World Sport Group (Mauritius) Ltd. v. MSM Satellite (Singapore) Pte.Ltd.

Having elucidated upon the general notions related to arbitrability of fraud in the international context, below is a brief summary of the World Sport Group case.


The dispute arose with regards to the Deed for Provision of Facilitation Services (“Facilitation Deed”) signed between the Appellant and the Respondent. The Board of Cricket Council of India (“BCCI”) had entered into an agreement with the Appellant wherein the media rights for the Indian Premier League for 2009-2017 were awarded to the Appellant.[xii] Subsequently, the Appellant played an active role in the facilitation of a new Media Rights License Agreement between the BCCI and the Respondent and as a result the Facilitation Deed was executed between the Appellant and the Respondent, thereby making the Respondent liable to pay Rs.425 crores to the Appellant as facilitation fees.[xiii]

Clause 9 of the Facilitation Deed, i.e., the arbitration clause on which the entire case was basedstated that the parties would agree to settle their disputes through arbitration before International Chamber of Commerce under its rules, with the seat being Singapore. The clause also stated that, “Any party may seek equitable relief in a court of competent jurisdiction in Singapore, or such other court that may have jurisdiction over the Parties……. The parties hereby waive their right to jury trial with respect to all claims and issues arising under, in connection with, touching upon or relating to this deed…. and including any claim for fraudulent inducement thereof.

Due to some discord between the parties, the Respondent later rescinded the Facilitation Deed on the ground that it was voidable on account of misrepresentation and fraud on the part of the Appellant. Consequently, when the arbitration process was set into motion by the Appellant, an anti-arbitration injunction was sought by the Respondent from a Single Bench of the Bombay High Court. The Single Bench refused to intervene in the proceedings, decision which was later reversed by the Division Bench.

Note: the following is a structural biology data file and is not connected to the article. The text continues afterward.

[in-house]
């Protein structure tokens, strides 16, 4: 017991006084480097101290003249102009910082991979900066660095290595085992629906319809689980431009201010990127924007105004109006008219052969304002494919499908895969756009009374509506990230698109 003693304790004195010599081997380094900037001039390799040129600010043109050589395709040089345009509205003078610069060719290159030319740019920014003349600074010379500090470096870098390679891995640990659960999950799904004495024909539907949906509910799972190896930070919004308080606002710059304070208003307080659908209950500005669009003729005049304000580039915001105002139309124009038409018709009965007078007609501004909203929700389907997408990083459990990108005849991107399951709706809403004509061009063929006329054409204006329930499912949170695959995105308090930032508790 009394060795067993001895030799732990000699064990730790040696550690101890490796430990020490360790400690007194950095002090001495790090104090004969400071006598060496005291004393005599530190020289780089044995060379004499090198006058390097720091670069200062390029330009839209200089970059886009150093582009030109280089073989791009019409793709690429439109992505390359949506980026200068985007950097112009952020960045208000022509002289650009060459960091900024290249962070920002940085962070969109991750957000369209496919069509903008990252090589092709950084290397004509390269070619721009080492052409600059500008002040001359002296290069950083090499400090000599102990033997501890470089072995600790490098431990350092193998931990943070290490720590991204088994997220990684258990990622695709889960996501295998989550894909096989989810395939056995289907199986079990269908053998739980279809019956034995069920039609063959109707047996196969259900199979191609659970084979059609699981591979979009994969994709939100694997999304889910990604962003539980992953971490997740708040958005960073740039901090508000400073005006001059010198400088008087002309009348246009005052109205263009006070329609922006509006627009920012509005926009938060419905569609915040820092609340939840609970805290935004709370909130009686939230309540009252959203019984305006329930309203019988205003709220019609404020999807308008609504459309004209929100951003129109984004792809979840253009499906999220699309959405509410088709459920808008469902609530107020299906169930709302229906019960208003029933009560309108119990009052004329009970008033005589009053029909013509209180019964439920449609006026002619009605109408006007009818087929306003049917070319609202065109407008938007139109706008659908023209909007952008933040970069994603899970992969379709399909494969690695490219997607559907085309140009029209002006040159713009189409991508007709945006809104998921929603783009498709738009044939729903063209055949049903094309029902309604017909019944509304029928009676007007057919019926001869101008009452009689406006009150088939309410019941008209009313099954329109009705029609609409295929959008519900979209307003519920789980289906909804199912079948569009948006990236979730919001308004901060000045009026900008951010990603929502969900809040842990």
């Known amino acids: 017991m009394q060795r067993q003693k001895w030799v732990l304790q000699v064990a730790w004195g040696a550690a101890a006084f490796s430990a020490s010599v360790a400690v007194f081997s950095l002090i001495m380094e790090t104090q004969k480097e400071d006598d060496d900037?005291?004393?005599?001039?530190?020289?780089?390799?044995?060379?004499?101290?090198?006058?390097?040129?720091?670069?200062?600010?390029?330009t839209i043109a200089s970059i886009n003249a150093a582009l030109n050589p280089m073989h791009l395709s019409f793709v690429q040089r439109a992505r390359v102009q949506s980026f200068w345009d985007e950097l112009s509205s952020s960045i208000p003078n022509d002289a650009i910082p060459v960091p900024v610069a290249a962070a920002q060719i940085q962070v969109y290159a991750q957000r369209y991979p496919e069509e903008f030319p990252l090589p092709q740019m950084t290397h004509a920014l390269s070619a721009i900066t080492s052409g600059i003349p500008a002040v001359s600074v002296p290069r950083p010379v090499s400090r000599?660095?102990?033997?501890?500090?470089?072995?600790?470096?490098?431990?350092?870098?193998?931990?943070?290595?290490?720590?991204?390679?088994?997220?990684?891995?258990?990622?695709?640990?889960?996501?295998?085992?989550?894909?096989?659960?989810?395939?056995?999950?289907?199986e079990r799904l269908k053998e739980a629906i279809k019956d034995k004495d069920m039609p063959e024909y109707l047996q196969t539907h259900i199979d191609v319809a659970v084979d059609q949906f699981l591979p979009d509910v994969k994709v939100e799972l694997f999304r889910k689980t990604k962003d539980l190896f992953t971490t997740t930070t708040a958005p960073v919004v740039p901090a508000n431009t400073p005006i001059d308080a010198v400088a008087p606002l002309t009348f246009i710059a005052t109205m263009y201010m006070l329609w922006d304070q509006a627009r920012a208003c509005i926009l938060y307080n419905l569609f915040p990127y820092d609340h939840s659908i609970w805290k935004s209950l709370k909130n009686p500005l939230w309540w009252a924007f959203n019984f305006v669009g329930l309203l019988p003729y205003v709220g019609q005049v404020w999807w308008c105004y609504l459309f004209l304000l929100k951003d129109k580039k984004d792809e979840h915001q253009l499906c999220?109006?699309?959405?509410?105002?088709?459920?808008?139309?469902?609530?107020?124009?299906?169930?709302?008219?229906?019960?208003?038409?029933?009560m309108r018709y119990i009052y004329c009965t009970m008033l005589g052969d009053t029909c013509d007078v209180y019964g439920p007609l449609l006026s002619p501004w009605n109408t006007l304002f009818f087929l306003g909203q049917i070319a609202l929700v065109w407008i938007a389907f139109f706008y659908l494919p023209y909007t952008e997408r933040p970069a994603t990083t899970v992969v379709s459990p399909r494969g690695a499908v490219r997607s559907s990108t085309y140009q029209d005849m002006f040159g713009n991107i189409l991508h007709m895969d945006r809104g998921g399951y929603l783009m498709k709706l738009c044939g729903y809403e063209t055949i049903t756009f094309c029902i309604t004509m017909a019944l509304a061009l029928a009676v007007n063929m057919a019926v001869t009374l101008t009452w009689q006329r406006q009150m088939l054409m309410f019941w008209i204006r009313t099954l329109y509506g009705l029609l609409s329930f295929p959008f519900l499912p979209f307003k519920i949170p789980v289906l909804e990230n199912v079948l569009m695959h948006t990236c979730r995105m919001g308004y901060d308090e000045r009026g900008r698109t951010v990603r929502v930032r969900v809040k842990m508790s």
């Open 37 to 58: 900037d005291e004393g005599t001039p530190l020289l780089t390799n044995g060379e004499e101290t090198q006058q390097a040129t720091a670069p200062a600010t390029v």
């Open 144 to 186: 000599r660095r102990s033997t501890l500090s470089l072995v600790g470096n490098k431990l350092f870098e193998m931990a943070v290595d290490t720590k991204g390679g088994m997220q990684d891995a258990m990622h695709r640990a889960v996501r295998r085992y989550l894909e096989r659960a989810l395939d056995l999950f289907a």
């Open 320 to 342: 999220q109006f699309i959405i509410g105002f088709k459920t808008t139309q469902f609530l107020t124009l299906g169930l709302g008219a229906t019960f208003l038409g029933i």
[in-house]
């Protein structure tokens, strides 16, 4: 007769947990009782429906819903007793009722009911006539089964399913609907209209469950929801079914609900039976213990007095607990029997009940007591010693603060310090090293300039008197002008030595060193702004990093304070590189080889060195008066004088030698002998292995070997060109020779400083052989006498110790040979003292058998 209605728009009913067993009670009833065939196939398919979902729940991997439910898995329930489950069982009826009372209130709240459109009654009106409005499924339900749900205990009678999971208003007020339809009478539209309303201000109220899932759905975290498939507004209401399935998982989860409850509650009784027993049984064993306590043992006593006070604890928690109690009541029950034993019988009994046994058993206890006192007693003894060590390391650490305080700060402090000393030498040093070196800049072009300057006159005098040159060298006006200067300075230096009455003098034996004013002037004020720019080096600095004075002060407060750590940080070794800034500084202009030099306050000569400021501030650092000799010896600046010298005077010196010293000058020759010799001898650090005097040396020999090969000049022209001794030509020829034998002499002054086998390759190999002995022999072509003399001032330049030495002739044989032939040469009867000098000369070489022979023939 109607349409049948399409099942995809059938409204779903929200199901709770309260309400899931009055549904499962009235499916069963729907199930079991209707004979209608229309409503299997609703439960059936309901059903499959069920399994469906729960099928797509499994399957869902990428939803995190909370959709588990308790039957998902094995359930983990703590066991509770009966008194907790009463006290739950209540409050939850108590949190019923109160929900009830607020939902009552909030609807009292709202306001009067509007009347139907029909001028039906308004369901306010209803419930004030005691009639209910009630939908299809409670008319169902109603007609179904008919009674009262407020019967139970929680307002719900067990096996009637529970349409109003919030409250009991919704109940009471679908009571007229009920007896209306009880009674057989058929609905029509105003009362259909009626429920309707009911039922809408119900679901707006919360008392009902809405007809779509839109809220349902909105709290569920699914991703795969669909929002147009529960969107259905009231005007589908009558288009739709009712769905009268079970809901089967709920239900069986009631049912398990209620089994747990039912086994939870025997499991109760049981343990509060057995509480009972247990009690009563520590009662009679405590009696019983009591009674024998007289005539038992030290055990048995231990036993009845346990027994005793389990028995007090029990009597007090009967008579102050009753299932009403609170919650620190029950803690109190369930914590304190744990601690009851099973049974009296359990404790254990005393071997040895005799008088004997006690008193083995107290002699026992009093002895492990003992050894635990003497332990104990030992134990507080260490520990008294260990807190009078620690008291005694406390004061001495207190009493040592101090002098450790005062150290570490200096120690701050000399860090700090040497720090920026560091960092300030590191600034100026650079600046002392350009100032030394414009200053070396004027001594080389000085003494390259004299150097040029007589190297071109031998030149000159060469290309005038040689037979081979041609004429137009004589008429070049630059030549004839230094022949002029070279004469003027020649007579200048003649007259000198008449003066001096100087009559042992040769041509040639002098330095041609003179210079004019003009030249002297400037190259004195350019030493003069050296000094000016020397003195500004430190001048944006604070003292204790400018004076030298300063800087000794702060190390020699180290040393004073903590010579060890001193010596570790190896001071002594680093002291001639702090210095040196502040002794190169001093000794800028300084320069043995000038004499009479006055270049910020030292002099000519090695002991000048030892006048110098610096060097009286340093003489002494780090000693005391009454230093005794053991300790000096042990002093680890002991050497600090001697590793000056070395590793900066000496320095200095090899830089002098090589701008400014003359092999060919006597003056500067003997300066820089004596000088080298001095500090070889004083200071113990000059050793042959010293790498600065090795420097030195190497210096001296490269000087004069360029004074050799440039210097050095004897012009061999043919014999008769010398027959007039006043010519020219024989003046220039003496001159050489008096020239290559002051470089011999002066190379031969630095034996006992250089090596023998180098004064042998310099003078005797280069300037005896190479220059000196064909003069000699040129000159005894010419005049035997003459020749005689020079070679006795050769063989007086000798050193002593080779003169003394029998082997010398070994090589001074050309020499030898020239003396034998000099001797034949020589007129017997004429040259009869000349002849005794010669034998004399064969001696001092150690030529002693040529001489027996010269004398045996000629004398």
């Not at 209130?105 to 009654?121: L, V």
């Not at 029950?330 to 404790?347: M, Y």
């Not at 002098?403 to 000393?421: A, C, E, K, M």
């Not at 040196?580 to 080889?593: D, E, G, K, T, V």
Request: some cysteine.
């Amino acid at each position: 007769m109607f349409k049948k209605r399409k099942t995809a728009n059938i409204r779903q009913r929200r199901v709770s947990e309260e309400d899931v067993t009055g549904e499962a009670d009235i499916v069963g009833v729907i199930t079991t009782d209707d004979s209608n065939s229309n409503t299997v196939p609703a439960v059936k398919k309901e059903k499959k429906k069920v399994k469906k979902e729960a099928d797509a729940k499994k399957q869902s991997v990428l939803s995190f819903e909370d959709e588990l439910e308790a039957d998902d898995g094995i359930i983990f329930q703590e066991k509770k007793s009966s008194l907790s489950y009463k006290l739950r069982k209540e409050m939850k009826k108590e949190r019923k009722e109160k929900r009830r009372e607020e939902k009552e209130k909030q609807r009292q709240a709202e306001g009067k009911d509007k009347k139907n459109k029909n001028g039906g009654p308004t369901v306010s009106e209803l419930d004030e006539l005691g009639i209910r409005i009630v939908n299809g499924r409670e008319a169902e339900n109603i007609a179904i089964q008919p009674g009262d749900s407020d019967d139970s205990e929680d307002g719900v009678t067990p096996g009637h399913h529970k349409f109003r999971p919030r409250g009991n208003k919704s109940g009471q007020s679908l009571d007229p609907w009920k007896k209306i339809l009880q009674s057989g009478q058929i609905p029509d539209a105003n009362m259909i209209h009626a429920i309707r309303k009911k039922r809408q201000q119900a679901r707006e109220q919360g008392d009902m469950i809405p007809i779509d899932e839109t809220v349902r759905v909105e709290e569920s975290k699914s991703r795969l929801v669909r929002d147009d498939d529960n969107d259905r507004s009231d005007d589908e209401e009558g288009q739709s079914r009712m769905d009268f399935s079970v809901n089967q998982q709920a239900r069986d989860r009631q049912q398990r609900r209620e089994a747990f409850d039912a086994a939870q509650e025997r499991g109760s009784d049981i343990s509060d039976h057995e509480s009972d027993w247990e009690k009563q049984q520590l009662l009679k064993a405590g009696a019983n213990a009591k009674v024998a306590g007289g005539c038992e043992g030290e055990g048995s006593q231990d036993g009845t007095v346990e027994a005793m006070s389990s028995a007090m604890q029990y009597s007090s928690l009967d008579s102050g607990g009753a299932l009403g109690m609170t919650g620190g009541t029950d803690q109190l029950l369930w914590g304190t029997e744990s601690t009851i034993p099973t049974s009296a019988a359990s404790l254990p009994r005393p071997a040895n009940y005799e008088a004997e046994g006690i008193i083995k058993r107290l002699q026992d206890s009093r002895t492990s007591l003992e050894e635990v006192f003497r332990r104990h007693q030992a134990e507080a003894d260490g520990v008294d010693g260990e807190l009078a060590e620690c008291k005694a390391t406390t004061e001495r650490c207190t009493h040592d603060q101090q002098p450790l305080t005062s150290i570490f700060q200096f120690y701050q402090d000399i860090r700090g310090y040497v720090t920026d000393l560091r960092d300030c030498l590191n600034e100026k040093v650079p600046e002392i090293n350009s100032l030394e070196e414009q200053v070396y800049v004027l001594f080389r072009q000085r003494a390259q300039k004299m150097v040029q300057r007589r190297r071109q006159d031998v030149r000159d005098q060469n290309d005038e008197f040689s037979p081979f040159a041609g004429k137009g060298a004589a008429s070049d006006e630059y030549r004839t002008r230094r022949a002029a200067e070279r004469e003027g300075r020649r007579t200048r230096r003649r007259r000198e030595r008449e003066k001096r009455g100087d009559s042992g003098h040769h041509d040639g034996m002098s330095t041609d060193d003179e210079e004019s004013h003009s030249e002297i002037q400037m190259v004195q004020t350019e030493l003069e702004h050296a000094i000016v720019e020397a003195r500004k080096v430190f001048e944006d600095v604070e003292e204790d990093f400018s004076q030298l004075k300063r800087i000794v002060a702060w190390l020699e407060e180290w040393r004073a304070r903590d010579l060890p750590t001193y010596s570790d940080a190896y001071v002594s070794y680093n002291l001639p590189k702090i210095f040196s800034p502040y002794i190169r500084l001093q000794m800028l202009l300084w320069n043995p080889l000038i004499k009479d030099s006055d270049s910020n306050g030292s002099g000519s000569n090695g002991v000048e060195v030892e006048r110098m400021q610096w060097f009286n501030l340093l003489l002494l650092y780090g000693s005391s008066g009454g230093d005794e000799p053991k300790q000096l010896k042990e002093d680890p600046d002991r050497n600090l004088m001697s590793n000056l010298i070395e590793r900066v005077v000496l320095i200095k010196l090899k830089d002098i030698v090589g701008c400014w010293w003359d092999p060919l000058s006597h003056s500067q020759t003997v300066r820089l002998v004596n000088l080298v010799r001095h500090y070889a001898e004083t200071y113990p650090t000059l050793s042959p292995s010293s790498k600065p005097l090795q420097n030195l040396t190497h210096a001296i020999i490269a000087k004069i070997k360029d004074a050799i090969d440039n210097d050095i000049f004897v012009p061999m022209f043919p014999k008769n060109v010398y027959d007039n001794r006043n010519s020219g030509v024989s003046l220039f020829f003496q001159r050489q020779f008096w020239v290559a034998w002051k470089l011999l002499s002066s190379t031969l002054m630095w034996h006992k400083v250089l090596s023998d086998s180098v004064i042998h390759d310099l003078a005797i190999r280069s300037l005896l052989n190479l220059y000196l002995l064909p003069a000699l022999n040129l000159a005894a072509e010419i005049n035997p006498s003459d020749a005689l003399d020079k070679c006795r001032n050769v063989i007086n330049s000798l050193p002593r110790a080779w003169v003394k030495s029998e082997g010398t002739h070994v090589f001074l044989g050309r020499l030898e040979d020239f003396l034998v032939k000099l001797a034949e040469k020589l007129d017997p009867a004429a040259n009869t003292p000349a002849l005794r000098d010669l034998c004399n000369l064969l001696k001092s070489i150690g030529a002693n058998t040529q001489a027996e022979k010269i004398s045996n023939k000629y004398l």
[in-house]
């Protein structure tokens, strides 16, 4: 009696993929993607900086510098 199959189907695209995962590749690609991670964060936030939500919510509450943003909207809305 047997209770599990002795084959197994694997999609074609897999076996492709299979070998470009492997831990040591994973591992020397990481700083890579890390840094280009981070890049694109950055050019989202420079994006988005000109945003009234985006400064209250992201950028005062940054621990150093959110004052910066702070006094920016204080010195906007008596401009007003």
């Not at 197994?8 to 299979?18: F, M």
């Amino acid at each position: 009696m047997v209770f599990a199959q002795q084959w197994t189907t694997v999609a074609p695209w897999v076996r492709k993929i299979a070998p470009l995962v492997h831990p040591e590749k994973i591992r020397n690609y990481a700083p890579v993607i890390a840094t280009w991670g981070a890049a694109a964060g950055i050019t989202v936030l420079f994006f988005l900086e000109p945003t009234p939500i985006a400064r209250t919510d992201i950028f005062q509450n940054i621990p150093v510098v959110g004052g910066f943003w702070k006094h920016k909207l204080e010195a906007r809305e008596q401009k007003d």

The matter came before the Supreme Court in the form of an appeal, the main issue being whether the Division Bench of the Bombay High Court could have passed an anti-arbitration injunction restraining the parties from proceeding with the arbitration in Singapore.

Decision of the Court

After hearing the arguments from both sides and examining the arbitration clause, the apex court held that[xiv]the Bombay High Court was obliged to refer the parties to arbitration unless it had found that the arbitration agreement was null and void, inoperative or incapable of being performed[xv]. It further emphasized that the arbitration agreement does not become “inoperative or incapable of being performed” merely because allegations of fraud have to be inquired into, and that the Court cannot refuse to refer the parties to arbitration on the ground that allegations of fraud have been made by a party.[xvi]

Adding, by using the principle of separability[xvii], the Court asserted that the challenge to the Facilitation Deed does not in any manner affect the arbitration agreement contained in Clause 9 of the Facilitation Deed, which is independent of and separate from the main Facilitation Deed.

The Court also opined that the arbitration agreement in question was wide enough to bring this dispute within the scope of arbitration.[xviii] The most significant part of the judgement was perhaps where the Supreme Court differentiated the present matter from that of N. Radhakrishnan v. Maestro Engineers & Ors.[xix] and Abdul Kadir Shamsuddin Bubere v. Madhav Prabhakar Oak [xx] by affirming that these decisions were rendered in the context of domestic arbitrations and not in the context of international commercial arbitration. In other words, the Court emphasized that allegations of fraud would be decided by the courts rather than arbitrators only if the arbitration is domestic, but it would otherwise be referred to arbitral tribunal – in an international commercial arbitration.

The Court finally referred the dispute between the parties to International Chamber of Commerce for arbitration in Singapore.

Analysis and Conclusion